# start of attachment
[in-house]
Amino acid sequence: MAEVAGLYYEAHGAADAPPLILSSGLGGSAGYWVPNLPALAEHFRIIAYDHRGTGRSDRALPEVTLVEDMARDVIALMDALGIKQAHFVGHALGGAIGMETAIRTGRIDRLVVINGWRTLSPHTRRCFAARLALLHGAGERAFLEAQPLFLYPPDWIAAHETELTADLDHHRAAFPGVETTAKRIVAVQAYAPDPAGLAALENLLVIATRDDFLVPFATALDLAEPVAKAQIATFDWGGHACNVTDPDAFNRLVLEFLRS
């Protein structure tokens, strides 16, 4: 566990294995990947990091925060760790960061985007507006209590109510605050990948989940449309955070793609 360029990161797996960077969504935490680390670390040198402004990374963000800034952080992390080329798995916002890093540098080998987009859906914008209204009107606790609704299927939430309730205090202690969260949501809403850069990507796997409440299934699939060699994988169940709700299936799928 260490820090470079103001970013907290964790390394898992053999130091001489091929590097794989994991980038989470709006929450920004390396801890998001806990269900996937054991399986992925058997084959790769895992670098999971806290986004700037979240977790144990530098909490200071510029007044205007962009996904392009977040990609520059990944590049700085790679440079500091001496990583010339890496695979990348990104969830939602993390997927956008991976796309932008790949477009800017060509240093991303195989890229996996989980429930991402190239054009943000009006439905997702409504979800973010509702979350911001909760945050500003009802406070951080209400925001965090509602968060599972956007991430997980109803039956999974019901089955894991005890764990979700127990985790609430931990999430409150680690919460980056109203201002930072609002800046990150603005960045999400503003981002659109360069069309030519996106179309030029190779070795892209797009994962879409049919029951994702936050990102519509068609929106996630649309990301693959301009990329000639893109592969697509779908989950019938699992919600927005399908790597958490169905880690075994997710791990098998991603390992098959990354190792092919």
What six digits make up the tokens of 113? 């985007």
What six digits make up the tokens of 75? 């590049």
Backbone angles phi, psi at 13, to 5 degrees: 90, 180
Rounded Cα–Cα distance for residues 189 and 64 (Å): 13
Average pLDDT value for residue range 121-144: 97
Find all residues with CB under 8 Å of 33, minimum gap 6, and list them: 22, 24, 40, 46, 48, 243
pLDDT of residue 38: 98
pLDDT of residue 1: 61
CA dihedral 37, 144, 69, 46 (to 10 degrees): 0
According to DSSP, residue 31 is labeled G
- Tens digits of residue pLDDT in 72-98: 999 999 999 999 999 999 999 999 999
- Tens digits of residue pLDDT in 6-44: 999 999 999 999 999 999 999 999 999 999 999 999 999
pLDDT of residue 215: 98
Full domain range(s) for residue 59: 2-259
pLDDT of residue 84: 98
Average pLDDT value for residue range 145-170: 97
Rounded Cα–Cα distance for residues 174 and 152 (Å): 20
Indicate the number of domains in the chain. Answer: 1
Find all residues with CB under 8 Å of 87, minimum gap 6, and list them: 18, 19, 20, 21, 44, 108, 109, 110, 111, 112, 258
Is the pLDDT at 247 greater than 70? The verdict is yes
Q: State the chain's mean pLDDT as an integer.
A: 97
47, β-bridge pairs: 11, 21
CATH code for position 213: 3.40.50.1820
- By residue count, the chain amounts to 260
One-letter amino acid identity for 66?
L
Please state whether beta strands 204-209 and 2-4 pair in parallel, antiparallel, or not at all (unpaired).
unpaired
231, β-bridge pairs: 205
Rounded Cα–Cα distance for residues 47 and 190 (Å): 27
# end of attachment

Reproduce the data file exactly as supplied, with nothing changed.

[in-house]
Amino acid sequence: MAEVAGLYYEAHGAADAPPLILSSGLGGSAGYWVPNLPALAEHFRIIAYDHRGTGRSDRALPEVTLVEDMARDVIALMDALGIKQAHFVGHALGGAIGMETAIRTGRIDRLVVINGWRTLSPHTRRCFAARLALLHGAGERAFLEAQPLFLYPPDWIAAHETELTADLDHHRAAFPGVETTAKRIVAVQAYAPDPAGLAALENLLVIATRDDFLVPFATALDLAEPVAKAQIATFDWGGHACNVTDPDAFNRLVLEFLRS
């Protein structure tokens, strides 16, 4: 566990294995990947990091925060760790960061985007507006209590109510605050990948989940449309955070793609 360029990161797996960077969504935490680390670390040198402004990374963000800034952080992390080329798995916002890093540098080998987009859906914008209204009107606790609704299927939430309730205090202690969260949501809403850069990507796997409440299934699939060699994988169940709700299936799928 260490820090470079103001970013907290964790390394898992053999130091001489091929590097794989994991980038989470709006929450920004390396801890998001806990269900996937054991399986992925058997084959790769895992670098999971806290986004700037979240977790144990530098909490200071510029007044205007962009996904392009977040990609520059990944590049700085790679440079500091001496990583010339890496695979990348990104969830939602993390997927956008991976796309932008790949477009800017060509240093991303195989890229996996989980429930991402190239054009943000009006439905997702409504979800973010509702979350911001909760945050500003009802406070951080209400925001965090509602968060599972956007991430997980109803039956999974019901089955894991005890764990979700127990985790609430931990999430409150680690919460980056109203201002930072609002800046990150603005960045999400503003981002659109360069069309030519996106179309030029190779070795892209797009994962879409049919029951994702936050990102519509068609929106996630649309990301693959301009990329000639893109592969697509779908989950019938699992919600927005399908790597958490169905880690075994997710791990098998991603390992098959990354190792092919």
What six digits make up the tokens of 113? 């985007």
What six digits make up the tokens of 75? 């590049």
Backbone angles phi, psi at 13, to 5 degrees: 90, 180
Rounded Cα–Cα distance for residues 189 and 64 (Å): 13
Average pLDDT value for residue range 121-144: 97
Find all residues with CB under 8 Å of 33, minimum gap 6, and list them: 22, 24, 40, 46, 48, 243
pLDDT of residue 38: 98
pLDDT of residue 1: 61
CA dihedral 37, 144, 69, 46 (to 10 degrees): 0
According to DSSP, residue 31 is labeled G
- Tens digits of residue pLDDT in 72-98: 999 999 999 999 999 999 999 999 999
- Tens digits of residue pLDDT in 6-44: 999 999 999 999 999 999 999 999 999 999 999 999 999
pLDDT of residue 215: 98
Full domain range(s) for residue 59: 2-259
pLDDT of residue 84: 98
Average pLDDT value for residue range 145-170: 97
Rounded Cα–Cα distance for residues 174 and 152 (Å): 20
Indicate the number of domains in the chain. Answer: 1
Find all residues with CB under 8 Å of 87, minimum gap 6, and list them: 18, 19, 20, 21, 44, 108, 109, 110, 111, 112, 258
Is the pLDDT at 247 greater than 70? The verdict is yes
Q: State the chain's mean pLDDT as an integer.
A: 97
47, β-bridge pairs: 11, 21
CATH code for position 213: 3.40.50.1820
- By residue count, the chain amounts to 260
One-letter amino acid identity for 66?
L
Please state whether beta strands 204-209 and 2-4 pair in parallel, antiparallel, or not at all (unpaired).
unpaired
231, β-bridge pairs: 205
Rounded Cα–Cα distance for residues 47 and 190 (Å): 27